Down the Rabbit Hole

Alice in Harlem Land nods its head to classic blaxploitation films.

In high-school psychology class, we took an IQ test biased toward black men growing up in the 1970s. Oddly enough, I got a perfect score, primarily because I had watched every black-themed film of the time, from Shaft to Foxy Brown to Blackula. I couldn’t get enough.

And now I’m in luck again, at least for a bit, with Alice in Harlem Land, an original multi-media theater tribute to those films, directed by University of Colorado Denver student Ryan Bell. The plot involves Alice, a rich girl from Brooklyn Heights who’s offered a drug called “white rabbit” and ends up in a Harlem gutter with a briefcase. “The entire time, during her journey through Harlem, she’s carrying this briefcase, which represents her addiction,” Bell says. Although primarily a stage performance, multimedia aspects include an original score, live music by the Cheshire Cat (straight from the Cheshire Lounge), and a stage billboard that doubles as a projector screen for (among other things) a Cadillac montage and a Foxy Brown-inspired opening-credits sequence.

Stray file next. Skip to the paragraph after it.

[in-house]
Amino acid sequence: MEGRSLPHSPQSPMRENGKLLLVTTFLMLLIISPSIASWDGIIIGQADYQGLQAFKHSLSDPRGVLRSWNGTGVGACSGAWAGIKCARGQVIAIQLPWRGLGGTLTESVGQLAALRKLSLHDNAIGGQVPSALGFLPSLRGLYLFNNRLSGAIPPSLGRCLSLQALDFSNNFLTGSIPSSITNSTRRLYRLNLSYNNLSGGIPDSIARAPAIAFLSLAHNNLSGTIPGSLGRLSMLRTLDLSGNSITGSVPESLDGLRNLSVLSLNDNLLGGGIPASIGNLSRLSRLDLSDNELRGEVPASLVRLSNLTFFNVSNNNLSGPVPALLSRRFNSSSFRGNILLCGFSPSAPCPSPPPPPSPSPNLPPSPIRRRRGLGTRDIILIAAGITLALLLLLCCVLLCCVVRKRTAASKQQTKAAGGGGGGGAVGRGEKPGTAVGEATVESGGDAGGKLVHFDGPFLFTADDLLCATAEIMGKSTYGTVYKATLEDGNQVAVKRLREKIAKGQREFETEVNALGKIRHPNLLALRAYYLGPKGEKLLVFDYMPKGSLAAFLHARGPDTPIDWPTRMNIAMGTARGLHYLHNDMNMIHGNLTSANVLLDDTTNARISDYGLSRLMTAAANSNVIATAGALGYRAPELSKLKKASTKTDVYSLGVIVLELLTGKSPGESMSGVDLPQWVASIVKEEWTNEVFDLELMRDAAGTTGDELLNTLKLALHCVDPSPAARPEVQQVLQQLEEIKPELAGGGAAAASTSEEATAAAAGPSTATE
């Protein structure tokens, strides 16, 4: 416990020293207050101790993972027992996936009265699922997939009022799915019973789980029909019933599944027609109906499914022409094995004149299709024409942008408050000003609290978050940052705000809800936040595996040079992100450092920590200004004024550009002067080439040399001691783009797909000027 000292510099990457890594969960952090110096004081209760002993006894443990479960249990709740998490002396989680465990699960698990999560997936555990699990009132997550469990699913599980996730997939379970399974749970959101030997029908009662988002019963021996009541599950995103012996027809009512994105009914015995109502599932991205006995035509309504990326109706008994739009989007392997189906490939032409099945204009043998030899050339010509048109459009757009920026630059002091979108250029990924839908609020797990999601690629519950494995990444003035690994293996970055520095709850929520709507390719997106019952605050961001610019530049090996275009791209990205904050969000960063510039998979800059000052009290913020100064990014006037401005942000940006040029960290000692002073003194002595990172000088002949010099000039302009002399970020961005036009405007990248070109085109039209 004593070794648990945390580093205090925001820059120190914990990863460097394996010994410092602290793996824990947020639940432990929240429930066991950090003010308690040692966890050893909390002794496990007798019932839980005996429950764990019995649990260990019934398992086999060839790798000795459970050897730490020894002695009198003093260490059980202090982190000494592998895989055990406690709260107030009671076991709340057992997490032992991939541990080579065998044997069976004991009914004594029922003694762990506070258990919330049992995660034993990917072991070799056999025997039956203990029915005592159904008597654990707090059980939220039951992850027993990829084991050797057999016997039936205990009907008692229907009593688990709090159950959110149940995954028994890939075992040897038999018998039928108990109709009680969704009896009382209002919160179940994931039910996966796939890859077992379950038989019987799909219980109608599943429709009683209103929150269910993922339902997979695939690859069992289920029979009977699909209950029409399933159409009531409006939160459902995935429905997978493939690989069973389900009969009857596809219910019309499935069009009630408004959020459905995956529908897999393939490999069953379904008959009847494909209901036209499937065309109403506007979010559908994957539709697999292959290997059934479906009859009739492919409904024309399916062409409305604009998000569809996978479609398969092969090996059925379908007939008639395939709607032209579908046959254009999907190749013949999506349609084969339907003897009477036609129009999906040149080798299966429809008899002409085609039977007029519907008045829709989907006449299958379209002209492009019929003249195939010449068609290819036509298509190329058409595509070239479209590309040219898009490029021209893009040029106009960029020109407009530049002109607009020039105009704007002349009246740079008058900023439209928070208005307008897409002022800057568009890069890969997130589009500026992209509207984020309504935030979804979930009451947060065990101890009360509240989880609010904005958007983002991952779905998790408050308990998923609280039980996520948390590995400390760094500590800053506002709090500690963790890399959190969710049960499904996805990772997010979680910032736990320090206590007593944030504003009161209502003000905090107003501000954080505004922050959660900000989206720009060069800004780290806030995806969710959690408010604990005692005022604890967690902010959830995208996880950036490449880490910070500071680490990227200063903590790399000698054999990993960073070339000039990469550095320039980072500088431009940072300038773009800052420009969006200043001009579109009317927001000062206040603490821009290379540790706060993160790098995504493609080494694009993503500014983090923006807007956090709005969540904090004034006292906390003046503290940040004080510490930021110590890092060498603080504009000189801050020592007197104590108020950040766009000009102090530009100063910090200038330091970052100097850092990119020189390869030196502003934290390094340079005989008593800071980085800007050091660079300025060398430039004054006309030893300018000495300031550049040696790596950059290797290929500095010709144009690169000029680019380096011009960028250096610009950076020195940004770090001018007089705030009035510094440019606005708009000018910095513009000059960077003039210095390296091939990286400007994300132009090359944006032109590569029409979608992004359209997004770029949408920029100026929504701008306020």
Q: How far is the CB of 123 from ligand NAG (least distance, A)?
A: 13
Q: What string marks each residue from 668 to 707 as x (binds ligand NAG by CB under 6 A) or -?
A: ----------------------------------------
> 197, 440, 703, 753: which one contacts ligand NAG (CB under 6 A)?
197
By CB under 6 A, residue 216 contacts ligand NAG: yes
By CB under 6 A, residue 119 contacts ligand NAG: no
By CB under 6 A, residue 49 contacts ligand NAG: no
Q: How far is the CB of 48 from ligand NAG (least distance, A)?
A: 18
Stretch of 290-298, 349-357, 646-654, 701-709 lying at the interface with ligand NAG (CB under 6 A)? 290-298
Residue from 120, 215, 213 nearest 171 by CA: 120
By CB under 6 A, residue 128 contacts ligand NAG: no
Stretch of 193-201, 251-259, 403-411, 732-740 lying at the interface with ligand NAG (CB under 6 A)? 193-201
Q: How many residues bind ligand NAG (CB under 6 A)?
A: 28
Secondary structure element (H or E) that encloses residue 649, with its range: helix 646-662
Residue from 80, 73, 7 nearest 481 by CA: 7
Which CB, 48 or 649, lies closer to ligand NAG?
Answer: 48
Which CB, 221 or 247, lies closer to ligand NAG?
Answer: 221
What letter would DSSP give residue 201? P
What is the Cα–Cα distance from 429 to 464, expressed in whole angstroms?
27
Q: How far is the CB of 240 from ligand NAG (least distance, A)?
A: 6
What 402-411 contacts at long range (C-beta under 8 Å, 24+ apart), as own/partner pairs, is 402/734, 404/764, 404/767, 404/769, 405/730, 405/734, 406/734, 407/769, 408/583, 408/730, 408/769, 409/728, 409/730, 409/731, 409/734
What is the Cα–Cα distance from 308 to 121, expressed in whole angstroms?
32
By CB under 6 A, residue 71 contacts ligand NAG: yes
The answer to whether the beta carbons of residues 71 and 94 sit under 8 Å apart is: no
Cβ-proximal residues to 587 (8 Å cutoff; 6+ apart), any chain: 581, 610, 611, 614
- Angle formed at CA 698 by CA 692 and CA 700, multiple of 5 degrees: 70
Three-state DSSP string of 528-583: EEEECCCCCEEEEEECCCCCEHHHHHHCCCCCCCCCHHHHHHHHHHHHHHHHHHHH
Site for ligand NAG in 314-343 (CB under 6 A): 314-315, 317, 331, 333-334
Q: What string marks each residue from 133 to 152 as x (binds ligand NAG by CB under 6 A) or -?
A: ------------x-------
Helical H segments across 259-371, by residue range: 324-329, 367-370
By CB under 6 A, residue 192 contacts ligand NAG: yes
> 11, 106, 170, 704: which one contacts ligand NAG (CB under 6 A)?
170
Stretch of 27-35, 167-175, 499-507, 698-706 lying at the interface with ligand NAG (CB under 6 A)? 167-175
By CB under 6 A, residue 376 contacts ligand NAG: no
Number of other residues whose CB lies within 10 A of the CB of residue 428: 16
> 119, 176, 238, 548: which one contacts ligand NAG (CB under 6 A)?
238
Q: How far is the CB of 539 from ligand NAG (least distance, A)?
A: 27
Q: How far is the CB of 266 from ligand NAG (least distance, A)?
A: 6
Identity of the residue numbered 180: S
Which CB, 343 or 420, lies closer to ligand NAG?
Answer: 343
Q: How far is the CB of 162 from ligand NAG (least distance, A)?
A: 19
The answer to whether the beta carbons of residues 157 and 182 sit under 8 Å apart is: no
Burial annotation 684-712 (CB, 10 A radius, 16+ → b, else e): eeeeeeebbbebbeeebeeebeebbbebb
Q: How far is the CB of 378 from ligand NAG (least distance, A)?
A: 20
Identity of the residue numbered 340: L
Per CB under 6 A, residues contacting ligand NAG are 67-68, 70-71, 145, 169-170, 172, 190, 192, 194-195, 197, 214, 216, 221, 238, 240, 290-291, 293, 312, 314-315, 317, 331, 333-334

Alice runs Fridays and Saturdays, May 2 through 9, at the UCD Production Studio inside the King Center on the Auraria campus; all shows start at 7:30 p.m. Admission is the donation of a non-perishable food item, a $5 donation, or a receipt of online donation from www.foodbankrockies.org. Proceeds benefit the Food Bank of the Rockies. For more information, call 303-556-2296.
Fridays, Saturdays, 7:30 p.m. Starts: May 1. Continues through May 9, 2009

 
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